The Canadian criminal jury system has some unique characteristics. In contrast to American law, that gives precedent to free speech over fair trial, and English law, that favors fair trial over free speech, Canadian law occupies a middle ground balancing these competing values. Jury selection procedure in most trials is similar to that of England: jurors are assumed to be "impartial between the Queen and the accused" and are selected without voir dire. However, in cases involving exceptional pretrial publicity or involving accused persons from racial or ethnic minority groups, jurors are vetted by a "challenge for cause" process in which members of the jury pool itself, selected as "triers," determine which prospective jurors are impartial. Another totally unique aspect of the Canadian system is that special rules apply to juries in Canada's arctic regions. In addition to the official English and French languages, unilingual aboriginal persons who speak one of two Inuit dialects or one of seven Dene (Indian) dialects are eligible to serve on the jury. The purpose of this language provision is to provide for cultural perspective in jury verdicts and to increase community acceptance of Canadian law.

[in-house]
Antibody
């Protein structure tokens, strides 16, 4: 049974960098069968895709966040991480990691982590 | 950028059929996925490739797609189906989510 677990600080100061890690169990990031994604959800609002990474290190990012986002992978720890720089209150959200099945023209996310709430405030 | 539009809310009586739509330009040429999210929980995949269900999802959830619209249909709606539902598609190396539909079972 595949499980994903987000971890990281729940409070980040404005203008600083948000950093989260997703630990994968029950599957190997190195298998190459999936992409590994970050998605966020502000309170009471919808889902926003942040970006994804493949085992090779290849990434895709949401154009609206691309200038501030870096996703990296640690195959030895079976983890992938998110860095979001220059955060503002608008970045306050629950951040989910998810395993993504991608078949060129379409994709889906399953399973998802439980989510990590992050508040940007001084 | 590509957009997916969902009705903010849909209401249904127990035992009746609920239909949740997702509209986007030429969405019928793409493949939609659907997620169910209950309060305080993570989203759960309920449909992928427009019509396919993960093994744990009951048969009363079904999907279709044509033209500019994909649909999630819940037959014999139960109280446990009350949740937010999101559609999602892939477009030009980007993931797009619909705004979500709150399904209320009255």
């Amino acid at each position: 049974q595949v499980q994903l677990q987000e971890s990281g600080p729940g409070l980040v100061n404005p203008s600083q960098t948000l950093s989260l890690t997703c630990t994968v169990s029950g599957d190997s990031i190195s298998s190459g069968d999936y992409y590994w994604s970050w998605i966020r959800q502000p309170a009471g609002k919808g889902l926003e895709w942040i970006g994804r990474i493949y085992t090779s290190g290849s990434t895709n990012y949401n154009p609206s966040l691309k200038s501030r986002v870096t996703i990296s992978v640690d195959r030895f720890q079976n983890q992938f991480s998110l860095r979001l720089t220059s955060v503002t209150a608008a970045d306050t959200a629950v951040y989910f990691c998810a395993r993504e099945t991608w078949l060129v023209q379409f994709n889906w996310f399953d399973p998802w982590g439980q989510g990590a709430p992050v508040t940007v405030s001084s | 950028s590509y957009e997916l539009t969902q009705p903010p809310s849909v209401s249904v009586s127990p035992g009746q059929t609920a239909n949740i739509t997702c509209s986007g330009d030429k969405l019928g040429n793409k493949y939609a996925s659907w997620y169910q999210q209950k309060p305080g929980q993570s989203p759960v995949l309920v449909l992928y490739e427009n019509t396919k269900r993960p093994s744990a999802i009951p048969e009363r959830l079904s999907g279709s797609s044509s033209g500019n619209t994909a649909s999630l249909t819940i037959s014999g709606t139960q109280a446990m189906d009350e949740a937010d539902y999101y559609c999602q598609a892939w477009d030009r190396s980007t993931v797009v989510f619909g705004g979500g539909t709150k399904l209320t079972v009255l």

Regina Schuller & Neil Vidmar,
The Canadian Criminal Jury,
Chi.-Kent L. Rev.
Available at: https://scholarship.kentlaw.iit.edu/cklawreview/vol86/iss2/5